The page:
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In-vitro intermittent exposure to oxytocin preserves myometrial responsiveness to oxytocin
Abstract Number: F-10
Abstract Type: Original Research
Introduction: Postpartum hemorrhage (PPH) secondary to uterine atony is a leading cause of maternal morbidity. Prolonged continuous infusion of oxytocin during labor may induce oxytocin receptor desensitization, which attenuates the response of the myometrium to further oxytocin. The literature comparing pulsatile (intermittent) vs continuous oxytocin administration for labor augmentation is inconsistent with regards to maternal outcomes.[2,3] Furthermore, PPH has not been investigated as a primary outcome. We aimed to determine the effect of intermittent vs continuous oxytocin exposure on the extent of myometrial desensitization.
Methods: Following written informed consent from patients undergoing elective cesarean deliveries, this in-vitro study was undertaken using myometrium dissected into 6 strips. Each strip was mounted in a single organ bath with physiological salt solution (PSS) under homeostatic conditions and allocated to one of 3 groups 1) control (no pretreatment); 2) continuous (oxytocin 10-5M pretreatment for 2h ); or 3) intermittent (pretreatment with oxytocin 10-5M and PSS alternating every 15min for 2h). After pretreatment, a dose-response to oxytocin 10-10M to 10-5M was performed and contractile parameters measured. The primary outcome was motility index (MI, frequency x amplitude).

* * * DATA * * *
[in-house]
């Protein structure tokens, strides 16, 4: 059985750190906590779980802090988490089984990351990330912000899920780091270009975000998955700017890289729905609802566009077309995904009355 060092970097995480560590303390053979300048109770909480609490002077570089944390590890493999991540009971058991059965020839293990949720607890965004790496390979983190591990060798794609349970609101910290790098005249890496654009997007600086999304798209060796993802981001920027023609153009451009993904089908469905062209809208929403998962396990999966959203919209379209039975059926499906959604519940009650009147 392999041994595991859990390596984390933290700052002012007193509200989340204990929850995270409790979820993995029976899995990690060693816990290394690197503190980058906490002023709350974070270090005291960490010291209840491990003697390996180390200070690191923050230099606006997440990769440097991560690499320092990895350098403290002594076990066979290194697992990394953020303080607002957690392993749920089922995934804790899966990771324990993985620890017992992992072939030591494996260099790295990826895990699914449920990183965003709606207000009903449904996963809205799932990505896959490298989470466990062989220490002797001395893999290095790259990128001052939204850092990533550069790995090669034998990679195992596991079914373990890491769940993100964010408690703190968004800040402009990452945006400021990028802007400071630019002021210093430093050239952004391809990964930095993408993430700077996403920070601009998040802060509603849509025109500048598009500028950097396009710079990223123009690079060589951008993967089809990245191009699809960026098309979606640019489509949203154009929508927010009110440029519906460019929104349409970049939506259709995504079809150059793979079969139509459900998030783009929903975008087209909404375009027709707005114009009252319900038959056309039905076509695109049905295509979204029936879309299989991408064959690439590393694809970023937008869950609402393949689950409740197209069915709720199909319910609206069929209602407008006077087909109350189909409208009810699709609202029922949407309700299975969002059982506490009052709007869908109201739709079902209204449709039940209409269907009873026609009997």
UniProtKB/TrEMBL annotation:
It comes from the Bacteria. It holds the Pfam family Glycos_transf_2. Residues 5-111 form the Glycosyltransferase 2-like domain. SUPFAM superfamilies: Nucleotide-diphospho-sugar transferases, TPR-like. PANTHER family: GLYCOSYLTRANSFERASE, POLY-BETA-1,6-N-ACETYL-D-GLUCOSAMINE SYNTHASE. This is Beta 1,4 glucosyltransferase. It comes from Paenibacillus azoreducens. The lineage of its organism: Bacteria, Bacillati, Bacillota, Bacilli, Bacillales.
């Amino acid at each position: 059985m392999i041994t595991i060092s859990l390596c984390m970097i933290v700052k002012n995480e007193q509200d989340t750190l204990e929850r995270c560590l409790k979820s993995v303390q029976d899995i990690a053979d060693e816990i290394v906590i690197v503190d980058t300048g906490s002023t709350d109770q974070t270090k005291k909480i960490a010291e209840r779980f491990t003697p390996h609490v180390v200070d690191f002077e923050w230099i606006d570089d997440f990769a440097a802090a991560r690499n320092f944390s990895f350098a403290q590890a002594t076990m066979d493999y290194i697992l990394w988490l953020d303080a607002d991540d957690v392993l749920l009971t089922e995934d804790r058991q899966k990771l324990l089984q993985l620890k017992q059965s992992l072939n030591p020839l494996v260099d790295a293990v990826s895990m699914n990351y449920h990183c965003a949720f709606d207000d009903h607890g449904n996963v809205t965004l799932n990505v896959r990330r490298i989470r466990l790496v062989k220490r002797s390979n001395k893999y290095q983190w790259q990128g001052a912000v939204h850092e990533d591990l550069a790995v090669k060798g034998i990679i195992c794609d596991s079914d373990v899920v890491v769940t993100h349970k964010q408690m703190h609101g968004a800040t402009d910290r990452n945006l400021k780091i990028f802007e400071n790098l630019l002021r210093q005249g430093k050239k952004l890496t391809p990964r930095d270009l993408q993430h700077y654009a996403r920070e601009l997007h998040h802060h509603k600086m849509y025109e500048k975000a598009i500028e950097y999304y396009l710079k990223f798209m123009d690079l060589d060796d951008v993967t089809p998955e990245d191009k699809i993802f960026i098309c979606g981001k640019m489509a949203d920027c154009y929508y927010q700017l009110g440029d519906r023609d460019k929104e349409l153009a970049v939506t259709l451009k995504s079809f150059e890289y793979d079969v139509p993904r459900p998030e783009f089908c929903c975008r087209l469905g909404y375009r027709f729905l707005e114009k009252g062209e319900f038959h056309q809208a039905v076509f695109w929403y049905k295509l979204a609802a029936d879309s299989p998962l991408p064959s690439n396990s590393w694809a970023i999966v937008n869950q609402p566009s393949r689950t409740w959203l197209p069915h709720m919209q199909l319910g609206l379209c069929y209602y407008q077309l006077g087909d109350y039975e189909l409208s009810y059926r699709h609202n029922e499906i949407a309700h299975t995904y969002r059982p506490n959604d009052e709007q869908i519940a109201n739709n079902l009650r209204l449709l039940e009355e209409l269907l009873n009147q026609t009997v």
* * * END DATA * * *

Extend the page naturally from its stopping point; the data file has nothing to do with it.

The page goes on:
Results: Eighteen women were recruited and 86 successful experiments performed (control n=29, continuous n=28, intermittent n=29). The mean (SE) MI (√g.contractions/10min) in the control, continuous and intermittent groups were 2.34 (0.09), 1.78 (0.09) and 2.13 (0.11), respectively (Fig 1). The MI was significantly reduced in the continuous group when compared to the control (p<0.01) and intermittent group (p=0.01). There were no significant differences in MI in the intermittent vs control group (p=0.17).
Discussion: Human myometrium remains more responsive to subsequent oxytocin following intermittent exposure to oxytocin, compared to continuous exposure. Intermittent exposure to oxytocin may preserve oxytocin responsiveness by minimizing oxytocin receptor desensitization, or by facilitating receptor resensitization. These results suggest that pulsatile (intermittent) oxytocin administration for labor augmentation may prevent uterine atony and PPH. Further clinical trials should be considered.
References: 1) AJOG 2003;188:497-502; 2) Clin Exp Obstet Gynecol 2000;27:21-3; 3) AJOG 2012; 206:230.e1-8; 4) Anesthesiology 2013;119:552-61